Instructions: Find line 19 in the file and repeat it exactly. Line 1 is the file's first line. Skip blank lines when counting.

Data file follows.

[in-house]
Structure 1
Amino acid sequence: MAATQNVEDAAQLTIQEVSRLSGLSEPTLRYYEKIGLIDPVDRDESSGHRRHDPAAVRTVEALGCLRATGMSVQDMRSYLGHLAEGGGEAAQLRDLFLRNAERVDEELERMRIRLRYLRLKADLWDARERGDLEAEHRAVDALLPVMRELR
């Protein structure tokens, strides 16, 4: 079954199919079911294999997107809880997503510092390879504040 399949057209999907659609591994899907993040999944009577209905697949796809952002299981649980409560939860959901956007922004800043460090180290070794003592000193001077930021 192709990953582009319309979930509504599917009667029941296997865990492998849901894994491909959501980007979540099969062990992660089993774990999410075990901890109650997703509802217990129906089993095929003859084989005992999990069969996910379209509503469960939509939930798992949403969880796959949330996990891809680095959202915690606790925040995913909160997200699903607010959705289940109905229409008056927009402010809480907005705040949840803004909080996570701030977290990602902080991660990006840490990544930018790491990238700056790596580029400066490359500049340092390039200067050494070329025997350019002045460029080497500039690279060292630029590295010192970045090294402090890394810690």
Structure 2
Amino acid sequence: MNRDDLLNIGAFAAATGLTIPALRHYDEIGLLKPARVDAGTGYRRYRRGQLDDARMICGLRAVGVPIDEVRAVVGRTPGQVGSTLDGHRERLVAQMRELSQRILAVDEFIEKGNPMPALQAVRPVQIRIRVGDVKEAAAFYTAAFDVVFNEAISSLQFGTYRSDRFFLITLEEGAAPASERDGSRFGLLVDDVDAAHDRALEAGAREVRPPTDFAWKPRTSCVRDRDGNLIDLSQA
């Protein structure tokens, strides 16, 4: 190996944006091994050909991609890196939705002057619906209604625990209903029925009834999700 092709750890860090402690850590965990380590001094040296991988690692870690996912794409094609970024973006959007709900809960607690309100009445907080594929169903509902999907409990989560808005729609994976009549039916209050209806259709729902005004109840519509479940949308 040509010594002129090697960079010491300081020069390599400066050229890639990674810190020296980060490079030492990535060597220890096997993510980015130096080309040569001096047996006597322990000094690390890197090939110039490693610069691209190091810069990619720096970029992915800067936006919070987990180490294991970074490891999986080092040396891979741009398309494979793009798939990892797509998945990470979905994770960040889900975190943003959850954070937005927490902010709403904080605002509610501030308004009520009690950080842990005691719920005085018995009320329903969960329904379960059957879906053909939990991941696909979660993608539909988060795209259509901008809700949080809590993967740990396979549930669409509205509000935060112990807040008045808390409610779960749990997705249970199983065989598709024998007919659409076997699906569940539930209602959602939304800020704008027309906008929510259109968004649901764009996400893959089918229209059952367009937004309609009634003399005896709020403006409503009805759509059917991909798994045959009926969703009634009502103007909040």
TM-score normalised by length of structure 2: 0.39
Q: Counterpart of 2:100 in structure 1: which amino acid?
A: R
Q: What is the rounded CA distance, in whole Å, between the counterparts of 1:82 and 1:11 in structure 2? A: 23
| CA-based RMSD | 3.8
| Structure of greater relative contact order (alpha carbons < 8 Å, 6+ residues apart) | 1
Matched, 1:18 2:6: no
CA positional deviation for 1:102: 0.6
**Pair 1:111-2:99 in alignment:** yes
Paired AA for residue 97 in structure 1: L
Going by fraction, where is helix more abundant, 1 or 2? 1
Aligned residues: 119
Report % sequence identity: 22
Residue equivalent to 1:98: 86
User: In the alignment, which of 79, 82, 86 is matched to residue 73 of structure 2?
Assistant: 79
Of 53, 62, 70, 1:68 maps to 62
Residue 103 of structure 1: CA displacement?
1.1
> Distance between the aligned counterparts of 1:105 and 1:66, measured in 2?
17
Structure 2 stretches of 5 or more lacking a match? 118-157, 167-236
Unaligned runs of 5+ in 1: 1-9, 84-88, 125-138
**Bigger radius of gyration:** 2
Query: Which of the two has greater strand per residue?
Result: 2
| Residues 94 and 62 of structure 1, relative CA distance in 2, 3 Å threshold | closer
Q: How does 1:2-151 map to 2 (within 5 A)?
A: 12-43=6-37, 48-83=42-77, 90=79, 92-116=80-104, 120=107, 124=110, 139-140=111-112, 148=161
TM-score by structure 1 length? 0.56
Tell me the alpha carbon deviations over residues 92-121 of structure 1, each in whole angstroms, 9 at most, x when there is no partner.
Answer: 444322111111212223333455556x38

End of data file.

Aligned residues: 119